Many have SCAT tubing that is shredded and patched back together with silicon RTV.  To what, save 10 bucks?

In the Fall of 2006, a Cheetah had had the right brake bled 4 times during the previous year (12 hours since last annual).
. . The brakes still didn't work. The guide pins, calipers, and brakes on that plane were so rusted and corroded that NOTHING moved

In 2007 another plane had the aileron cables wrapped around the rudder cables (7 hours since the last annual).

Basic Annual:  The basic Annual Inspection takes about 16 to 20 hours and is 'Flat Rated' at $1400.  That includes an oil change with oil and filter, clean and gap spark plugs, a 14 page checklist inspection, and a format for periodic inspections not required at each annual inspection.  Additonal work performed as a result of the annual inspection findings are billed at the shop rate of $100/hr.  Parts extra. 

• Not included in basic annual:  After doing annuals on Grummans for close to 30 years, I've found a lot of damage from mechanics tearing the plane apart and reinspecting, year-after-year, things that just don't need to be inspected.  Wheel bearings, for example (ask me why) and the elevator trim mechanism, and brake linings, and prop rear backing plate, and nose gear strut, and . . . .

Owner Assisted Annual:  I very highly recommend that you, the owner, participate in the annual. Why? The last time you looked at your invoice for your last annual, did you question the length of time something took to complete?  When I look at a previous invoice from a new customer's plane, hell, even I question the cost. I charge, by the hour, for the time it takes to do the owner assisted annual. Initially, this may cost you more.  But, as you gain knowledge and experience, the cost will go down dramatically.  I have one customer who has been assisting for over 15 years.  We can do his annual in 7 or 8 hours; that's a $700 to $800 annual.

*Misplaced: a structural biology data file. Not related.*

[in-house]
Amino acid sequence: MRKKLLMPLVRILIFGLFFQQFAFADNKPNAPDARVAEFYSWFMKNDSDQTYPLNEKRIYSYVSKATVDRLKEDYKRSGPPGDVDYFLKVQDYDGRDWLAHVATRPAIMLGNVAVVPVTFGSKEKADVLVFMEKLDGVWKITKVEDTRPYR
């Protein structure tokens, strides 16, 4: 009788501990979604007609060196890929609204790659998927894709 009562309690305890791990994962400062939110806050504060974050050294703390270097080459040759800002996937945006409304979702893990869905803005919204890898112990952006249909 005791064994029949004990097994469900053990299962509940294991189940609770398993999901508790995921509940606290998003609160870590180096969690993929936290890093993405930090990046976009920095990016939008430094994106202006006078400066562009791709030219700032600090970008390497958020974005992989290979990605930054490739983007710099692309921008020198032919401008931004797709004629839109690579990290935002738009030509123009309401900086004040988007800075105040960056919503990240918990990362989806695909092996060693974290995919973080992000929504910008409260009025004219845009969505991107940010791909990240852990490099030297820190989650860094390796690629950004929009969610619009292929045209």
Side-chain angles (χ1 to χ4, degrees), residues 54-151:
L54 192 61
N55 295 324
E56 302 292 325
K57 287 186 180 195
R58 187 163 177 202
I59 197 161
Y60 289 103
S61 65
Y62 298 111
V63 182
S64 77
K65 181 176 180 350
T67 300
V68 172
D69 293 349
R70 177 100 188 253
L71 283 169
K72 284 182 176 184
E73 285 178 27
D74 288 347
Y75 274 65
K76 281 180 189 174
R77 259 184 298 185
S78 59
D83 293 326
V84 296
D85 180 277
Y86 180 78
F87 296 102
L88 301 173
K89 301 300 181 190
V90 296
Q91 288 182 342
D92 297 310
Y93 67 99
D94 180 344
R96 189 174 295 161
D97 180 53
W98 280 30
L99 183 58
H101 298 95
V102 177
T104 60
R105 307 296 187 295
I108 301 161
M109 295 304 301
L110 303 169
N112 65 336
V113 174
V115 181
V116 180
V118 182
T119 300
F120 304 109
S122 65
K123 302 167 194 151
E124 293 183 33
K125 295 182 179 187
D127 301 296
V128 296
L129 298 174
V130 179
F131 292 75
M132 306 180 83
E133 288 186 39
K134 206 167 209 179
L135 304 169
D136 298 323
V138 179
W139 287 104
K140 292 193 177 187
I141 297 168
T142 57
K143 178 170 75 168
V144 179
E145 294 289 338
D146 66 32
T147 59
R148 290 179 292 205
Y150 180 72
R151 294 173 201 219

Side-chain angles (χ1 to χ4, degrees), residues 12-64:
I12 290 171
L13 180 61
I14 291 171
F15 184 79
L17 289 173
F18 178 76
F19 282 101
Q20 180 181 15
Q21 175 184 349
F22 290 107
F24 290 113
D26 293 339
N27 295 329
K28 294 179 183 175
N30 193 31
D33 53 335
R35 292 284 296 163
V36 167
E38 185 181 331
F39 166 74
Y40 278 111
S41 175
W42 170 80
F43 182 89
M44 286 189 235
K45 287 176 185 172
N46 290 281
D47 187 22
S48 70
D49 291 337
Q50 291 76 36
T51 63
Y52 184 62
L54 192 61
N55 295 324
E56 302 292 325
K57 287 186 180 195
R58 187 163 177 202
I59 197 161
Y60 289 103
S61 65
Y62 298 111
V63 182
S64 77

Your first annual at AuCountry will be a LOT more thorough than any annual you've ever had.  I recommend you participate to see just what condition the plane was in when you last flew it.  It may scare you.


What is my airplane worth?:  There are several ways to determine an aircraft's value.  Most buyers and sellers use the Aircraft Blue Book Digest. The Bluebook value is generally lower than the asking price you'll find in Trade-A-Plane because it is based on the sales prices reported to Bluebook. Most finance companies use a combination of sources and usually arrive at a value below the Bluebook and then loan up to 90% of that. It is important to know what 'add-ons' really add to an airplanes value and what doesn't. Of course, the condition of the plane (on a 1 to 10 scale) plays a part too.

Do your own market analysis: A market analysis compares an aircrafts value to what other similar airplanes are being sold for.  A market analysis will help a you determine what is a fair asking price for a particular airplane. This saves a lot of time and missed calls. Before you pick a sales price ask yourself if it's worth it to find out what other similar planes are being sold for.  The Grumman community is such a small, close-knit group, that you'd be making a big mistake by not talking to someone in it.